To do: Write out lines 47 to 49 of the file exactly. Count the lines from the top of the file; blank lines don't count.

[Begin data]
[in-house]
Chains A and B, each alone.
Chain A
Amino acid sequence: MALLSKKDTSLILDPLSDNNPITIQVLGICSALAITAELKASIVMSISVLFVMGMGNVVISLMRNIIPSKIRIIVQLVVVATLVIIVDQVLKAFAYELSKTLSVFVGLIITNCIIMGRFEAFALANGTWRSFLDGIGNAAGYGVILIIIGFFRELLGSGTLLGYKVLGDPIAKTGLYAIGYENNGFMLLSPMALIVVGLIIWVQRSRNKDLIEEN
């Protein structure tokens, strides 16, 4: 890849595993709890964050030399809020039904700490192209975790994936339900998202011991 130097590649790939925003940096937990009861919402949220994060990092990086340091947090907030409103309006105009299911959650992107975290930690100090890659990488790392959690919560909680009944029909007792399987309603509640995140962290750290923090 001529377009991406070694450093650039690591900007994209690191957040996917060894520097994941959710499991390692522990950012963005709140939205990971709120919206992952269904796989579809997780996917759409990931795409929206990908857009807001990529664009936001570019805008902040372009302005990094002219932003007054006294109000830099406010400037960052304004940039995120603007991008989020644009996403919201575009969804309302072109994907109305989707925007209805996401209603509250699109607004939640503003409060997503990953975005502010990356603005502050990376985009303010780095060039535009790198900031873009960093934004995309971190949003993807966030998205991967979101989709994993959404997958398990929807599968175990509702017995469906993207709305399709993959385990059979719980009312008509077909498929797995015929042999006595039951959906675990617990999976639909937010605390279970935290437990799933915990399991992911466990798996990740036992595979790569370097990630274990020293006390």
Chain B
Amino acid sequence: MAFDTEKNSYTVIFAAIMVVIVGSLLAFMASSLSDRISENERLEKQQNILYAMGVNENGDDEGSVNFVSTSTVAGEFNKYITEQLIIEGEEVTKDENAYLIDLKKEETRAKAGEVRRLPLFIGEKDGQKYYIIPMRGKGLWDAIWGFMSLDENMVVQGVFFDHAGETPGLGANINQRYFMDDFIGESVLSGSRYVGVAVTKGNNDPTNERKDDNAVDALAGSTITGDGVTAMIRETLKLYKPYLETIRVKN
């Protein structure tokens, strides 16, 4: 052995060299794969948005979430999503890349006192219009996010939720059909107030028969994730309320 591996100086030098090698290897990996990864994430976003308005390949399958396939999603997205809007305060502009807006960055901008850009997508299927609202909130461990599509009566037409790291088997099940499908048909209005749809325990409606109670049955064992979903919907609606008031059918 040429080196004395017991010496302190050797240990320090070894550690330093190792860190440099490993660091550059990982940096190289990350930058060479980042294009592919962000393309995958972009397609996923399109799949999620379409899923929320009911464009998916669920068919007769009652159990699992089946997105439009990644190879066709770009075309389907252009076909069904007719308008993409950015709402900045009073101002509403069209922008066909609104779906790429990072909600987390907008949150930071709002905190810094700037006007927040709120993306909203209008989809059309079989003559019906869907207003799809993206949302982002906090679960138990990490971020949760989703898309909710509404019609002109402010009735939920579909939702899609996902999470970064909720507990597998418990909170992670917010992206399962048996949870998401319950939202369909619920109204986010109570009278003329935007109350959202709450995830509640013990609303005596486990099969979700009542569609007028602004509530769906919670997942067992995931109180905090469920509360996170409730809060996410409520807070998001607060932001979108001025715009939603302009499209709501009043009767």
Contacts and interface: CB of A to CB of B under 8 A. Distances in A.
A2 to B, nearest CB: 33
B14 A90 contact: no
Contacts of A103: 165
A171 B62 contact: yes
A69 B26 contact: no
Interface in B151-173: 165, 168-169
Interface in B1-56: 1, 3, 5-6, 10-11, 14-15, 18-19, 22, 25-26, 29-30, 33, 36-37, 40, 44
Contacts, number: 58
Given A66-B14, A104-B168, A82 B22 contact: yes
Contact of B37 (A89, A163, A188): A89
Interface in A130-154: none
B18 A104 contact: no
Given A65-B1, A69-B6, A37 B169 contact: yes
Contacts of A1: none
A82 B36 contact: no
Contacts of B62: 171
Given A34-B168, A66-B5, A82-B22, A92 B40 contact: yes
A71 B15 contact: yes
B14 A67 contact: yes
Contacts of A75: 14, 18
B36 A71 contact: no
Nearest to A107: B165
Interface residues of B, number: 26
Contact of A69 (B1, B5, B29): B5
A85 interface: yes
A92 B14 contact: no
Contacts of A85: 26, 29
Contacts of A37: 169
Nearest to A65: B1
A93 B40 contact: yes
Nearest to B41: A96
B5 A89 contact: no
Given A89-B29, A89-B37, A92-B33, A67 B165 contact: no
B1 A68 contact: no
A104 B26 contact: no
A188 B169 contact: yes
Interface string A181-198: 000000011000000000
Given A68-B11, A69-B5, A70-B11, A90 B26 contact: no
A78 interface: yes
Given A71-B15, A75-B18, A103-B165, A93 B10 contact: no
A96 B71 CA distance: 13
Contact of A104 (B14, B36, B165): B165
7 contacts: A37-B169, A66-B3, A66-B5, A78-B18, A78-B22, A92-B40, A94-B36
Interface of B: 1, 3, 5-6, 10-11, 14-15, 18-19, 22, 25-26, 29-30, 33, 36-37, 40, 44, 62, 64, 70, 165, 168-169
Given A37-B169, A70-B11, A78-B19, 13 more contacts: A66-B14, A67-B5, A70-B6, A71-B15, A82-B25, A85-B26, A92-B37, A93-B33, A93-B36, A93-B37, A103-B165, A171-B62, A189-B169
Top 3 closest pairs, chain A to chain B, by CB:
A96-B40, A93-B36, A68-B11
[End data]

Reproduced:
Given A68-B11, A69-B5, A70-B11, A90 B26 contact: no
A78 interface: yes
Given A71-B15, A75-B18, A103-B165, A93 B10 contact: no